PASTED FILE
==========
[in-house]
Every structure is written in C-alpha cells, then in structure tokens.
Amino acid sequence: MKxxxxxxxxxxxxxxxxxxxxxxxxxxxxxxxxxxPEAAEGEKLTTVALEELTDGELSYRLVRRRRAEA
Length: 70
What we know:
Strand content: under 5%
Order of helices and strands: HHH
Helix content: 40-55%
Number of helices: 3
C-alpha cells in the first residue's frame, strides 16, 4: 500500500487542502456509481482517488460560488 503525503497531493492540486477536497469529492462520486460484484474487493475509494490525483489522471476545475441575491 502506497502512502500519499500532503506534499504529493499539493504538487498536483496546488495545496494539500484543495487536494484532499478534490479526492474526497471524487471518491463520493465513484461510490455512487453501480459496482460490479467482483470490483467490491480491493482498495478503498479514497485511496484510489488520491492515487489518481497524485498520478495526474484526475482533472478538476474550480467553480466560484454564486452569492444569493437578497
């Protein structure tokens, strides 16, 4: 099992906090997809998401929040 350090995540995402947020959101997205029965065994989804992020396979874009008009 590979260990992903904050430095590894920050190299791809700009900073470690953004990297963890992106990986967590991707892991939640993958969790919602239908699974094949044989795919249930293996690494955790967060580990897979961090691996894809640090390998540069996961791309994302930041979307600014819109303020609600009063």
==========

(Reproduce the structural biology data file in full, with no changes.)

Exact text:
[in-house]
Every structure is written in C-alpha cells, then in structure tokens.
Amino acid sequence: MKxxxxxxxxxxxxxxxxxxxxxxxxxxxxxxxxxxPEAAEGEKLTTVALEELTDGELSYRLVRRRRAEA
Length: 70
What we know:
Strand content: under 5%
Order of helices and strands: HHH
Helix content: 40-55%
Number of helices: 3
C-alpha cells in the first residue's frame, strides 16, 4: 500500500487542502456509481482517488460560488 503525503497531493492540486477536497469529492462520486460484484474487493475509494490525483489522471476545475441575491 502506497502512502500519499500532503506534499504529493499539493504538487498536483496546488495545496494539500484543495487536494484532499478534490479526492474526497471524487471518491463520493465513484461510490455512487453501480459496482460490479467482483470490483467490491480491493482498495478503498479514497485511496484510489488520491492515487489518481497524485498520478495526474484526475482533472478538476474550480467553480466560484454564486452569492444569493437578497
């Protein structure tokens, strides 16, 4: 099992906090997809998401929040 350090995540995402947020959101997205029965065994989804992020396979874009008009 590979260990992903904050430095590894920050190299791809700009900073470690953004990297963890992106990986967590991707892991939640993958969790919602239908699974094949044989795919249930293996690494955790967060580990897979961090691996894809640090390998540069996961791309994302930041979307600014819109303020609600009063």